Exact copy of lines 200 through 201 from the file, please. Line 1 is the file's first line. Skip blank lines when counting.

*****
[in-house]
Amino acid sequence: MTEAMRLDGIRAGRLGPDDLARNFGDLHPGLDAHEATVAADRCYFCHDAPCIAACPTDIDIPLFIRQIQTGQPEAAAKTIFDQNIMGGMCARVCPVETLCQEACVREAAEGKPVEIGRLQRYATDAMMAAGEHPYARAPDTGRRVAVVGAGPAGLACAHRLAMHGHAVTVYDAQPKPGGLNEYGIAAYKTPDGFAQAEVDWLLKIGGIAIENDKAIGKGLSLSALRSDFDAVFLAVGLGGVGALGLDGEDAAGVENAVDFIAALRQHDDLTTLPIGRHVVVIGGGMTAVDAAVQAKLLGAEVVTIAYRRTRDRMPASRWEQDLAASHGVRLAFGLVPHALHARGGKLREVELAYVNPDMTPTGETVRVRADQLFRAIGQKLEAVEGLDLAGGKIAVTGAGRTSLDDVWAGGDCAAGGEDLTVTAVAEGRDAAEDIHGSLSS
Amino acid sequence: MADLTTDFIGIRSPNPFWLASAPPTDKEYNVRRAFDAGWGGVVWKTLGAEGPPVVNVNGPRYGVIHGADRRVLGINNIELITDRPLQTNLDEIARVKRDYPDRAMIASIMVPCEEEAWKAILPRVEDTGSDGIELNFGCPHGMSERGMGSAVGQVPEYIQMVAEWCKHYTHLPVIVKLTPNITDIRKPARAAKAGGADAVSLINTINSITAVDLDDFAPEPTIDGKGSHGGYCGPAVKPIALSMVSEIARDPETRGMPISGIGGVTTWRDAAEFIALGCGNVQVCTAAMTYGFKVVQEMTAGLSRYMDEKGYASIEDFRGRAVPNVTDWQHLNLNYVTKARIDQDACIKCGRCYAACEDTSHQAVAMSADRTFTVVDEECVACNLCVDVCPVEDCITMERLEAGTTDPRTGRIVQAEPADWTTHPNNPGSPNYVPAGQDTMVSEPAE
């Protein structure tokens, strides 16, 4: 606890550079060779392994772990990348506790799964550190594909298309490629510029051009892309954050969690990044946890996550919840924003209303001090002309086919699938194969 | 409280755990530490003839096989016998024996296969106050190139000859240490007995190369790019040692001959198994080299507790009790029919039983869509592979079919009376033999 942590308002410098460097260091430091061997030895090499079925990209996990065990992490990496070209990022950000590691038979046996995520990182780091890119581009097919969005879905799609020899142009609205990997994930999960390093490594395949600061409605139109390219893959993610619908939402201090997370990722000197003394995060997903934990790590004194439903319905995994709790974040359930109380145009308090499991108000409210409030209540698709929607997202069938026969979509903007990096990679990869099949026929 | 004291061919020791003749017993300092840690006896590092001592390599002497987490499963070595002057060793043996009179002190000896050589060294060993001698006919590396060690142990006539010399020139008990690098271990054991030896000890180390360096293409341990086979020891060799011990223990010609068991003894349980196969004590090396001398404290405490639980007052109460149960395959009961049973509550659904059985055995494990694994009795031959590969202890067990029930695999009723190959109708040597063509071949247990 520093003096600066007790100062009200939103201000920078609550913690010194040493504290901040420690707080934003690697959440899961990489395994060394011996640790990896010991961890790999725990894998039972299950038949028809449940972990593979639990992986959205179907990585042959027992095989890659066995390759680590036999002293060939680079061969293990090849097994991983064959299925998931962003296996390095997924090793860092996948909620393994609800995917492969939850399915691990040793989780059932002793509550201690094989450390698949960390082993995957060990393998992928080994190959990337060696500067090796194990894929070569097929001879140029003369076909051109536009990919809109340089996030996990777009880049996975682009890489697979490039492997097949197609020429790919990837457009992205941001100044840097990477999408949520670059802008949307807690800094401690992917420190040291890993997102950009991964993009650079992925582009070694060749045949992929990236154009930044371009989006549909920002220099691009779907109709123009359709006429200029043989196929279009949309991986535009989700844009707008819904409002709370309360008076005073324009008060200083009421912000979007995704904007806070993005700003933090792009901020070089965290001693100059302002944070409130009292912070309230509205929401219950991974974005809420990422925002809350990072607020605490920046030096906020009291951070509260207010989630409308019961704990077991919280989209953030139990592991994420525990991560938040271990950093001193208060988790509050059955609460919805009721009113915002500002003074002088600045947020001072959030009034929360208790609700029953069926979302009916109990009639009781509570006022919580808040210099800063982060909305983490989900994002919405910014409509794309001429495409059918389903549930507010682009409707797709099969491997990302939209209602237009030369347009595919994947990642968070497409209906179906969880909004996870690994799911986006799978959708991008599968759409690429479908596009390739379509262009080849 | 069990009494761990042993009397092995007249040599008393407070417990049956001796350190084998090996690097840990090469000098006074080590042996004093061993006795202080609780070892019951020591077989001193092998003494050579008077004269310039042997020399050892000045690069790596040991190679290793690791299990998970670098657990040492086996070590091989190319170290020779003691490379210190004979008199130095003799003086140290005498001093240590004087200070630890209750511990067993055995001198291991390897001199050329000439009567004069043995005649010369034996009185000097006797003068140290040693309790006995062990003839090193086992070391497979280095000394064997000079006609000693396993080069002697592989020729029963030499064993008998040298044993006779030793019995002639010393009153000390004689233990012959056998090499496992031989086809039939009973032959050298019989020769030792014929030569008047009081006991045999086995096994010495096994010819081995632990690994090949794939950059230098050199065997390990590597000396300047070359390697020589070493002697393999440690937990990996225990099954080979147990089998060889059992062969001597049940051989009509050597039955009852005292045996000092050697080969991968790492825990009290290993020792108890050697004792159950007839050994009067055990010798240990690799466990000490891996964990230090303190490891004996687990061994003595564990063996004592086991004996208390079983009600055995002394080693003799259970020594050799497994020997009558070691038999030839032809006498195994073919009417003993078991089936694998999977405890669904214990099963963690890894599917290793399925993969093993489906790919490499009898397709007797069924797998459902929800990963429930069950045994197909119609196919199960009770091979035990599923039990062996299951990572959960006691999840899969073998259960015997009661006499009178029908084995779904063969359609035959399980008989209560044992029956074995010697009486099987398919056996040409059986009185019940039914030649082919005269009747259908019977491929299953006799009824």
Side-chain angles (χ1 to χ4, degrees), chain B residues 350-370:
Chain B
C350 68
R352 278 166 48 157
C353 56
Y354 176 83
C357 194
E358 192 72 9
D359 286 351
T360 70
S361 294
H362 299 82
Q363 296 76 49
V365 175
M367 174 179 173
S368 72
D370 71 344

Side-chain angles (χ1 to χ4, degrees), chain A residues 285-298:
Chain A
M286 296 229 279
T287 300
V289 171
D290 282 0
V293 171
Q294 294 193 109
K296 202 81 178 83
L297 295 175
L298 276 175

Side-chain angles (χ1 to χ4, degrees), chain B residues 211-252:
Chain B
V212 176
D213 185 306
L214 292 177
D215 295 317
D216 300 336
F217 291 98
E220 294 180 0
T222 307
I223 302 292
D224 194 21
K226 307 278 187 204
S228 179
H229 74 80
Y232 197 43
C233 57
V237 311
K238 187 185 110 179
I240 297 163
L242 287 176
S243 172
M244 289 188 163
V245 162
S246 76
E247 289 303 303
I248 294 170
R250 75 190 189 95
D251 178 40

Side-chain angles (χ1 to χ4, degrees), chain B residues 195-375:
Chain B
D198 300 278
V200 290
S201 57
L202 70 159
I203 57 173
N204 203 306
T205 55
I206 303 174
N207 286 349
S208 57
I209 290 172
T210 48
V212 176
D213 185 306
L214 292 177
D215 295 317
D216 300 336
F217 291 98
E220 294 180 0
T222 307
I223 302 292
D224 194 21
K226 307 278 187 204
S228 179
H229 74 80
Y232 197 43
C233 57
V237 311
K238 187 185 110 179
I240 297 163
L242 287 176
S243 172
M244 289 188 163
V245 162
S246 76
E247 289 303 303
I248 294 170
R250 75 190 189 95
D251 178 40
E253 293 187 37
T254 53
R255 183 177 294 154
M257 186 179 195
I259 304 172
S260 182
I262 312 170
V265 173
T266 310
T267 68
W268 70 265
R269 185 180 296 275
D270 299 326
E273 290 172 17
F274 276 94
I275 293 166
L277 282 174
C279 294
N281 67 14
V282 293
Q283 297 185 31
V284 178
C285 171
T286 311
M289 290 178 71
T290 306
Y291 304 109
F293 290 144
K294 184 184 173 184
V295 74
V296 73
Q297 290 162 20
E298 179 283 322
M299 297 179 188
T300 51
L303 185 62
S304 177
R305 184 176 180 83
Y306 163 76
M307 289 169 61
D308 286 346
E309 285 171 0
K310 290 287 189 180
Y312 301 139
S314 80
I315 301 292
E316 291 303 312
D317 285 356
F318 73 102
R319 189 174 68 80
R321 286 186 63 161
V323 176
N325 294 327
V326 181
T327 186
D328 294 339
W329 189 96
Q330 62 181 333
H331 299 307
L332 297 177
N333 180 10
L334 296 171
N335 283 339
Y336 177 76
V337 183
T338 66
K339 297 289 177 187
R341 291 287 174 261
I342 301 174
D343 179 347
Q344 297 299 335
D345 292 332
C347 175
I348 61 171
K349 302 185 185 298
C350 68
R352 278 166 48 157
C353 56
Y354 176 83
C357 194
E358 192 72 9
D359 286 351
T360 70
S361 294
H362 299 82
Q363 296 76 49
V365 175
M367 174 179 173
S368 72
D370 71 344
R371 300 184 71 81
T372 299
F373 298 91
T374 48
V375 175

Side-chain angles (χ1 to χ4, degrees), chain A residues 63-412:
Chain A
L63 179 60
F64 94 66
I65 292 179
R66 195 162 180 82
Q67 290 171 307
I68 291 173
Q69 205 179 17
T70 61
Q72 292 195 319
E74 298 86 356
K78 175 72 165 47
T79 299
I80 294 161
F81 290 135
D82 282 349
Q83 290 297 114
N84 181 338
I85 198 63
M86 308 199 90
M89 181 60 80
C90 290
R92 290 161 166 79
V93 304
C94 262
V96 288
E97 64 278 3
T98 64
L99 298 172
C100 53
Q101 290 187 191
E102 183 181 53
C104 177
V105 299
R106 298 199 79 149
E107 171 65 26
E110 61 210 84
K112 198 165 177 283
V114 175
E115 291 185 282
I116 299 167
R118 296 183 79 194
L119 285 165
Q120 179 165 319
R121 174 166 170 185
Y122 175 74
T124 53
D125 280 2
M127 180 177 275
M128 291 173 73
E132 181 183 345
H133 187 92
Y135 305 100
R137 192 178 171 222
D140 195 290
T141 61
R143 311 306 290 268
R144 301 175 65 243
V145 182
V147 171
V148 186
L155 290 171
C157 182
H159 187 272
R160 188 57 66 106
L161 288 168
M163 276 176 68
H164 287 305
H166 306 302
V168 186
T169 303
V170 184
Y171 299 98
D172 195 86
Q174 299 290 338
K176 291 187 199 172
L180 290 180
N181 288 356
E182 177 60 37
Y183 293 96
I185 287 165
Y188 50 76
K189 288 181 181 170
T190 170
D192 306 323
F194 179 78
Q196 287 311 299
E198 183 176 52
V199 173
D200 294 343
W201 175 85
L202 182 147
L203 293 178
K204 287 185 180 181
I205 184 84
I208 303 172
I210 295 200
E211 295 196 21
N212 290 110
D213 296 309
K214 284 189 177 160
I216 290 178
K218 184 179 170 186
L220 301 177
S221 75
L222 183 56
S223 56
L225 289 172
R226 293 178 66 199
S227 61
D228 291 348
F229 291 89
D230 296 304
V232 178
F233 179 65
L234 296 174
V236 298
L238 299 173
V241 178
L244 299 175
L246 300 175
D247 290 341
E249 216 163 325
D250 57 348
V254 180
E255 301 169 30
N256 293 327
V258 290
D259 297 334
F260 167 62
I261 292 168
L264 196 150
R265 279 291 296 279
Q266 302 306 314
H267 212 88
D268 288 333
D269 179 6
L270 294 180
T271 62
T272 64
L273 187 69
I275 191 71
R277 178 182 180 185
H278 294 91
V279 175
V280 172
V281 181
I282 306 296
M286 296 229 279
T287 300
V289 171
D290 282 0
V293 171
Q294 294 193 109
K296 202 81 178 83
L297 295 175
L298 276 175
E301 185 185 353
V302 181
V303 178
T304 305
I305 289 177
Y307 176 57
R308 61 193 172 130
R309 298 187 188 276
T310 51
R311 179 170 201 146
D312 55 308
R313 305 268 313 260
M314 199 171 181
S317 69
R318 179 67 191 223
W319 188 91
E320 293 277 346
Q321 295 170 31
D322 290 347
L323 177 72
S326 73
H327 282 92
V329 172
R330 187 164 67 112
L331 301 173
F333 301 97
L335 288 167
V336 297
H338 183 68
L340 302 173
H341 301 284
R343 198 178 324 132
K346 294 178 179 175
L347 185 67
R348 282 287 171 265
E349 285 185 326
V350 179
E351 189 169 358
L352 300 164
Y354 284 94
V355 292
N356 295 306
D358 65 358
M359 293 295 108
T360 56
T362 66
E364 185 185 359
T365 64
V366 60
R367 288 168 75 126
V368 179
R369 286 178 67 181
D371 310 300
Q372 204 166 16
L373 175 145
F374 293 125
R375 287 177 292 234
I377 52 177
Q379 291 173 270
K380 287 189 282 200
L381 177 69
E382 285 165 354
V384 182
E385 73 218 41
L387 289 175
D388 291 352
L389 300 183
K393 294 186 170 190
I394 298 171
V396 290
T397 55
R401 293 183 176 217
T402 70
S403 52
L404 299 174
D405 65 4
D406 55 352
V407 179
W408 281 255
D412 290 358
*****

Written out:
L63 179 60
F64 94 66